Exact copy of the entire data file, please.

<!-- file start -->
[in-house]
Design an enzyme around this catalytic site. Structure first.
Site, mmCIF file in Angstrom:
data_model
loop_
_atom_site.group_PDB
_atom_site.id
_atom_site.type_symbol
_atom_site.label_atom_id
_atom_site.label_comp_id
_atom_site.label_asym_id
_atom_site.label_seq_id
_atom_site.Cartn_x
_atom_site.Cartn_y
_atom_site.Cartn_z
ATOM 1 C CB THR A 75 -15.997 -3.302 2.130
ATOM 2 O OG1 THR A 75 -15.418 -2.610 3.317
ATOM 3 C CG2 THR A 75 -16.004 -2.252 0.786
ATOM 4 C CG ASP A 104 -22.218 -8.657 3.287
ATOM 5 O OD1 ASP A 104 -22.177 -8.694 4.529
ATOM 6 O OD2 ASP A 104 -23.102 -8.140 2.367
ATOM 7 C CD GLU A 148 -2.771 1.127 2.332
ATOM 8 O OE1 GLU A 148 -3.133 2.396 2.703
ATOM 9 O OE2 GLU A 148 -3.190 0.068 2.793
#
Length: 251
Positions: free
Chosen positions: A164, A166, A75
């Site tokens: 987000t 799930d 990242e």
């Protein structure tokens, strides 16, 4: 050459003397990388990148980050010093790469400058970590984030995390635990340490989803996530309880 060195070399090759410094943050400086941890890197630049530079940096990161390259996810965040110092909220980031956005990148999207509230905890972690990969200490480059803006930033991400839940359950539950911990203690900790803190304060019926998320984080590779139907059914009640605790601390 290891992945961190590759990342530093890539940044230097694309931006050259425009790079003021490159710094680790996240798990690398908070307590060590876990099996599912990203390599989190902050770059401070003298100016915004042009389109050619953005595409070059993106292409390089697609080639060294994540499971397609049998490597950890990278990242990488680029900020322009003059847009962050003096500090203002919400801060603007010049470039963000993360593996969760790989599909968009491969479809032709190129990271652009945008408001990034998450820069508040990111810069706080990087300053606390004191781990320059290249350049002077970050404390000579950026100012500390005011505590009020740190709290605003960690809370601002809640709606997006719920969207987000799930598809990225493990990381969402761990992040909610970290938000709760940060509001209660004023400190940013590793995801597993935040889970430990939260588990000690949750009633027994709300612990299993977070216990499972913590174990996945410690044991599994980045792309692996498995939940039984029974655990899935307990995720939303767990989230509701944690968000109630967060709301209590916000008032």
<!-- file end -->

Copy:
[in-house]
Design an enzyme around this catalytic site. Structure first.
Site, mmCIF file in Angstrom:
data_model
loop_
_atom_site.group_PDB
_atom_site.id
_atom_site.type_symbol
_atom_site.label_atom_id
_atom_site.label_comp_id
_atom_site.label_asym_id
_atom_site.label_seq_id
_atom_site.Cartn_x
_atom_site.Cartn_y
_atom_site.Cartn_z
ATOM 1 C CB THR A 75 -15.997 -3.302 2.130
ATOM 2 O OG1 THR A 75 -15.418 -2.610 3.317
ATOM 3 C CG2 THR A 75 -16.004 -2.252 0.786
ATOM 4 C CG ASP A 104 -22.218 -8.657 3.287
ATOM 5 O OD1 ASP A 104 -22.177 -8.694 4.529
ATOM 6 O OD2 ASP A 104 -23.102 -8.140 2.367
ATOM 7 C CD GLU A 148 -2.771 1.127 2.332
ATOM 8 O OE1 GLU A 148 -3.133 2.396 2.703
ATOM 9 O OE2 GLU A 148 -3.190 0.068 2.793
#
Length: 251
Positions: free
Chosen positions: A164, A166, A75
């Site tokens: 987000t 799930d 990242e």
């Protein structure tokens, strides 16, 4: 050459003397990388990148980050010093790469400058970590984030995390635990340490989803996530309880 060195070399090759410094943050400086941890890197630049530079940096990161390259996810965040110092909220980031956005990148999207509230905890972690990969200490480059803006930033991400839940359950539950911990203690900790803190304060019926998320984080590779139907059914009640605790601390 290891992945961190590759990342530093890539940044230097694309931006050259425009790079003021490159710094680790996240798990690398908070307590060590876990099996599912990203390599989190902050770059401070003298100016915004042009389109050619953005595409070059993106292409390089697609080639060294994540499971397609049998490597950890990278990242990488680029900020322009003059847009962050003096500090203002919400801060603007010049470039963000993360593996969760790989599909968009491969479809032709190129990271652009945008408001990034998450820069508040990111810069706080990087300053606390004191781990320059290249350049002077970050404390000579950026100012500390005011505590009020740190709290605003960690809370601002809640709606997006719920969207987000799930598809990225493990990381969402761990992040909610970290938000709760940060509001209660004023400190940013590793995801597993935040889970430990939260588990000690949750009633027994709300612990299993977070216990499972913590174990996945410690044991599994980045792309692996498995939940039984029974655990899935307990995720939303767990989230509701944690968000109630967060709301209590916000008032």